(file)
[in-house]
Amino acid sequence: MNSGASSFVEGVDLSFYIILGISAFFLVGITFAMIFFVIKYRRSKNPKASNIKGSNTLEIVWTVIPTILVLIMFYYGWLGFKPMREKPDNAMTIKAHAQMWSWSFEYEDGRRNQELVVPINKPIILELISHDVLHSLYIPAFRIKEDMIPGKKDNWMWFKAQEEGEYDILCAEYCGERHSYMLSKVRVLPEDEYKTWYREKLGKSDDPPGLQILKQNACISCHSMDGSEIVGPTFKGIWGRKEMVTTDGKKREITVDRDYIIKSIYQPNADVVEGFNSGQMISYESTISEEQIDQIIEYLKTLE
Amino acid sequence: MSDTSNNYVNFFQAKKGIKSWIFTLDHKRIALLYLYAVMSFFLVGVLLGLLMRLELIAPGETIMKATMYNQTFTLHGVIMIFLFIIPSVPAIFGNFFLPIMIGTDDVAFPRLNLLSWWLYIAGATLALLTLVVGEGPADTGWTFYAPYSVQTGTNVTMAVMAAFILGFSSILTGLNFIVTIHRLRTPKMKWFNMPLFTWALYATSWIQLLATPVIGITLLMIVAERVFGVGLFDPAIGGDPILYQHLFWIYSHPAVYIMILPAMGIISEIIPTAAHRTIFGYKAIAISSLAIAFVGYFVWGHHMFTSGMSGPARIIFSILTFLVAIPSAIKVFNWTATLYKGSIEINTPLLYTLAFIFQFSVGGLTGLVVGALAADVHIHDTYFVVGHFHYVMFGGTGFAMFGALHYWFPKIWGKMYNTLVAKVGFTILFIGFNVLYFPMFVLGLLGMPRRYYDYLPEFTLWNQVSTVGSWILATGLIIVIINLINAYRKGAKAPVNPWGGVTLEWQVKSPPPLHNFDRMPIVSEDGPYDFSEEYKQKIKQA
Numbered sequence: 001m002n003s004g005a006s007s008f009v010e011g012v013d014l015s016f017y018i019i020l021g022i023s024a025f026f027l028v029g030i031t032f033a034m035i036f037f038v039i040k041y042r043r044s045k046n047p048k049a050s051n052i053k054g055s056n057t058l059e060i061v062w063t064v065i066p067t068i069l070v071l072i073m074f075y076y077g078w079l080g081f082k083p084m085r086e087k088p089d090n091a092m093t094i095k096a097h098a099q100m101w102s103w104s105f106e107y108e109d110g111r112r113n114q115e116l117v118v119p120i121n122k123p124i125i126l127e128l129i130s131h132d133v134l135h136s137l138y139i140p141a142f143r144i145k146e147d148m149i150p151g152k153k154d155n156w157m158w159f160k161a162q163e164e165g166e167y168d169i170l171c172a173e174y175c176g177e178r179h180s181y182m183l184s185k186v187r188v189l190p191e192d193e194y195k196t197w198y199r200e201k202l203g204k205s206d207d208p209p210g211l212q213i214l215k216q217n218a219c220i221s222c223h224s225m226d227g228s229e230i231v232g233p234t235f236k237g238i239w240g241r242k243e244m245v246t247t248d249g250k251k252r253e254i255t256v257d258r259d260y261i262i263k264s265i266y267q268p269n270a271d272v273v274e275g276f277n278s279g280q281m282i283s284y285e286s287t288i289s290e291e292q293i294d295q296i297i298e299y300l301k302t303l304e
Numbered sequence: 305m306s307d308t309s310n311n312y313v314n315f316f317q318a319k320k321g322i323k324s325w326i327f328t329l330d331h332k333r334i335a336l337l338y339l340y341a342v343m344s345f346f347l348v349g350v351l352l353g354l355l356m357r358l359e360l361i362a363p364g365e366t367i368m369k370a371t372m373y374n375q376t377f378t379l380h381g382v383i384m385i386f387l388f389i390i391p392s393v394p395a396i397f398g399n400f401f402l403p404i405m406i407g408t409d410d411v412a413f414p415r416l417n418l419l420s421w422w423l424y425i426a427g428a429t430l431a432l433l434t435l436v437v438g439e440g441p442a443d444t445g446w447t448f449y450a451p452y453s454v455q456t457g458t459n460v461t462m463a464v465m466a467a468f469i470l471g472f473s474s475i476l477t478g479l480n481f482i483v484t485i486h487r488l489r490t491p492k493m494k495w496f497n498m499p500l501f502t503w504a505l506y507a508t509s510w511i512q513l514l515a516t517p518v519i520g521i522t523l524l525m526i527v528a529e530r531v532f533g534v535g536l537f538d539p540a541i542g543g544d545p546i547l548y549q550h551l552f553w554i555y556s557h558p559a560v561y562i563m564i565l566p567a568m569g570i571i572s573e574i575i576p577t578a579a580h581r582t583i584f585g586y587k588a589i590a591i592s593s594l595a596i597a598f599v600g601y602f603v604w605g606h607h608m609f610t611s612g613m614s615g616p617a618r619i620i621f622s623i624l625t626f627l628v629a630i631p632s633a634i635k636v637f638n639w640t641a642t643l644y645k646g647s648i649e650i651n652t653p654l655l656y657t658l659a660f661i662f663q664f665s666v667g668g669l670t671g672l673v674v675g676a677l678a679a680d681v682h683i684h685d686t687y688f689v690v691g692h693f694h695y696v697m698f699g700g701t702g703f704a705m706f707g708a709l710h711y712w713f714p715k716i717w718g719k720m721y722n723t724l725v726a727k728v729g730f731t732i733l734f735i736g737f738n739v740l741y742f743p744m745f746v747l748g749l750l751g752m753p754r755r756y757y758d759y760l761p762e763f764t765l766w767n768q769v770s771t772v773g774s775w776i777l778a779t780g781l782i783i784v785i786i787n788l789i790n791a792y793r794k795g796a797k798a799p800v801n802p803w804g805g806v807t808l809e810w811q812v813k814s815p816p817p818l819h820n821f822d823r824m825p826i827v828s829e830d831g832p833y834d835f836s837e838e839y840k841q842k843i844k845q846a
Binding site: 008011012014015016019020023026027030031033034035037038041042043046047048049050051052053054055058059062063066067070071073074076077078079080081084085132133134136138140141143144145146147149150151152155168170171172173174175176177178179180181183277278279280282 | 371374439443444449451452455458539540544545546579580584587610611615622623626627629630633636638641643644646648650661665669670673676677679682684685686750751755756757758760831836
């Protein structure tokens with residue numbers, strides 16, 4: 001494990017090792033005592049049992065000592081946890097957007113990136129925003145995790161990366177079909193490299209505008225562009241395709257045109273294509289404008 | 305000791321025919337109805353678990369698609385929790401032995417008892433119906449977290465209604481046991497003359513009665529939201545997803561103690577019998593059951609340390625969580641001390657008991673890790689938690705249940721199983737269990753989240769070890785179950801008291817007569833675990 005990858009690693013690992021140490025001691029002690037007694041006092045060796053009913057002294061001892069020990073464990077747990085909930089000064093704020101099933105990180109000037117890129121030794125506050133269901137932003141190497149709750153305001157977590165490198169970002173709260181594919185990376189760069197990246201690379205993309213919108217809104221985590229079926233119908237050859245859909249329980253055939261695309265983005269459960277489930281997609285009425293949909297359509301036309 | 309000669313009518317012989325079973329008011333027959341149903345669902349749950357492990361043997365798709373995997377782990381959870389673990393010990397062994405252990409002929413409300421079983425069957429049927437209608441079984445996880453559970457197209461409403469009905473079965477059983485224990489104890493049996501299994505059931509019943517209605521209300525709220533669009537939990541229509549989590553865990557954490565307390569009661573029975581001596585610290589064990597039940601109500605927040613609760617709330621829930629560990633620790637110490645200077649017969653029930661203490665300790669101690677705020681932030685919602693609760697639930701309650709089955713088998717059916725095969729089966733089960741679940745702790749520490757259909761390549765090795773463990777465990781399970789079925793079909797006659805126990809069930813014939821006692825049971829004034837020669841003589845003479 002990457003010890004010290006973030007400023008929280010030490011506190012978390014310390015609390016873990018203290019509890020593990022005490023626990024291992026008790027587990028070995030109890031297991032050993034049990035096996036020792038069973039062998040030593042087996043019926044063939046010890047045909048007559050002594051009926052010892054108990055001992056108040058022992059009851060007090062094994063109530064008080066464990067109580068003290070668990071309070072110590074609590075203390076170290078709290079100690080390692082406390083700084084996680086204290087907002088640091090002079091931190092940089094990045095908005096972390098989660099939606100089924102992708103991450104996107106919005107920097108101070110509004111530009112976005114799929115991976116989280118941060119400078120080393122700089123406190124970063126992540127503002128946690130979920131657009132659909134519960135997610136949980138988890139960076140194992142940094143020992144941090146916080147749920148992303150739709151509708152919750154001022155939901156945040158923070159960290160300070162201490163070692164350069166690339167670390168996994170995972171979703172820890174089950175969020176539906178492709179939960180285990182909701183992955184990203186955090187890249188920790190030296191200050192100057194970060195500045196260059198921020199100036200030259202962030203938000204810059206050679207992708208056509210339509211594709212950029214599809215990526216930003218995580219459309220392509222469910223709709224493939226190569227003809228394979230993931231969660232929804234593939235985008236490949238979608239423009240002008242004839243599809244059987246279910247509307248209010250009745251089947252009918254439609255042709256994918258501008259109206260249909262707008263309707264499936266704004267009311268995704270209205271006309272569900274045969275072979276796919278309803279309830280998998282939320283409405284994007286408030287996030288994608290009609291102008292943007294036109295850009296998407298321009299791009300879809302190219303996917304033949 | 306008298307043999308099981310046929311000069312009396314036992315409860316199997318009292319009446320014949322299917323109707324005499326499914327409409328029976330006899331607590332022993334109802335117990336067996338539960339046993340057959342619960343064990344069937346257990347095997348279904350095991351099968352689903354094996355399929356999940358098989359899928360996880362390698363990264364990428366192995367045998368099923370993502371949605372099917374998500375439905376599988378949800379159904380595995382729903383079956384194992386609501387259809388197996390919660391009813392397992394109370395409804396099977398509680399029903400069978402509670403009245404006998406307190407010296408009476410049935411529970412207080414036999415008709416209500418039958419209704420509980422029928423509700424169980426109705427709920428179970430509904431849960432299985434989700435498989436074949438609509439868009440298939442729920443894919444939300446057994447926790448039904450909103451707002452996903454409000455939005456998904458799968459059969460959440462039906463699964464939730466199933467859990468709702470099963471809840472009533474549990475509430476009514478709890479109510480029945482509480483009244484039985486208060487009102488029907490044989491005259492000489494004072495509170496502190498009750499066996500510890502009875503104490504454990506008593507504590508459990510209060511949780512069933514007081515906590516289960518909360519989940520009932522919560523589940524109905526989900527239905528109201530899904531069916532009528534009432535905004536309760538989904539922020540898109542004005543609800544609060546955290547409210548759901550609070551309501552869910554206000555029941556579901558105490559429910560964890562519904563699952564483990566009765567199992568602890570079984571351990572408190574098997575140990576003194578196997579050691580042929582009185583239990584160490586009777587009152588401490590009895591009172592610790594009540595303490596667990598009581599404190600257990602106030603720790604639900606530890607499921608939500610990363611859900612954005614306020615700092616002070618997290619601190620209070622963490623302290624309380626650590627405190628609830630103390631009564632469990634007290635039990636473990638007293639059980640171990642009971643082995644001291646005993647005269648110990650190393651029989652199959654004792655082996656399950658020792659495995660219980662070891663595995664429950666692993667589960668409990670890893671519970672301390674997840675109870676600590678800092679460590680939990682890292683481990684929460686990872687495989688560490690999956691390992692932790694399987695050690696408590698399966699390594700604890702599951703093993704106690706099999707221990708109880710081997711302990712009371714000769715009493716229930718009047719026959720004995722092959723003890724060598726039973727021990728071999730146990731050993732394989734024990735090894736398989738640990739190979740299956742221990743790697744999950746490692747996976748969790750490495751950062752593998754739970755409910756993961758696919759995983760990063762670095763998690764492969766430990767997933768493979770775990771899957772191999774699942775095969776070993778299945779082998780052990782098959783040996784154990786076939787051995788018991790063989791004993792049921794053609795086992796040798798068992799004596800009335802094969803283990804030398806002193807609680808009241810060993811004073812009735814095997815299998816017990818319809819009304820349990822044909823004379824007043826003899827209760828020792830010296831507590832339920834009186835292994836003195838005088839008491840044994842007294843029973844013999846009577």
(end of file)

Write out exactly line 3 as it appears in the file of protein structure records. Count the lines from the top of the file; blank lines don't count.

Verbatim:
Amino acid sequence: MSDTSNNYVNFFQAKKGIKSWIFTLDHKRIALLYLYAVMSFFLVGVLLGLLMRLELIAPGETIMKATMYNQTFTLHGVIMIFLFIIPSVPAIFGNFFLPIMIGTDDVAFPRLNLLSWWLYIAGATLALLTLVVGEGPADTGWTFYAPYSVQTGTNVTMAVMAAFILGFSSILTGLNFIVTIHRLRTPKMKWFNMPLFTWALYATSWIQLLATPVIGITLLMIVAERVFGVGLFDPAIGGDPILYQHLFWIYSHPAVYIMILPAMGIISEIIPTAAHRTIFGYKAIAISSLAIAFVGYFVWGHHMFTSGMSGPARIIFSILTFLVAIPSAIKVFNWTATLYKGSIEINTPLLYTLAFIFQFSVGGLTGLVVGALAADVHIHDTYFVVGHFHYVMFGGTGFAMFGALHYWFPKIWGKMYNTLVAKVGFTILFIGFNVLYFPMFVLGLLGMPRRYYDYLPEFTLWNQVSTVGSWILATGLIIVIINLINAYRKGAKAPVNPWGGVTLEWQVKSPPPLHNFDRMPIVSEDGPYDFSEEYKQKIKQA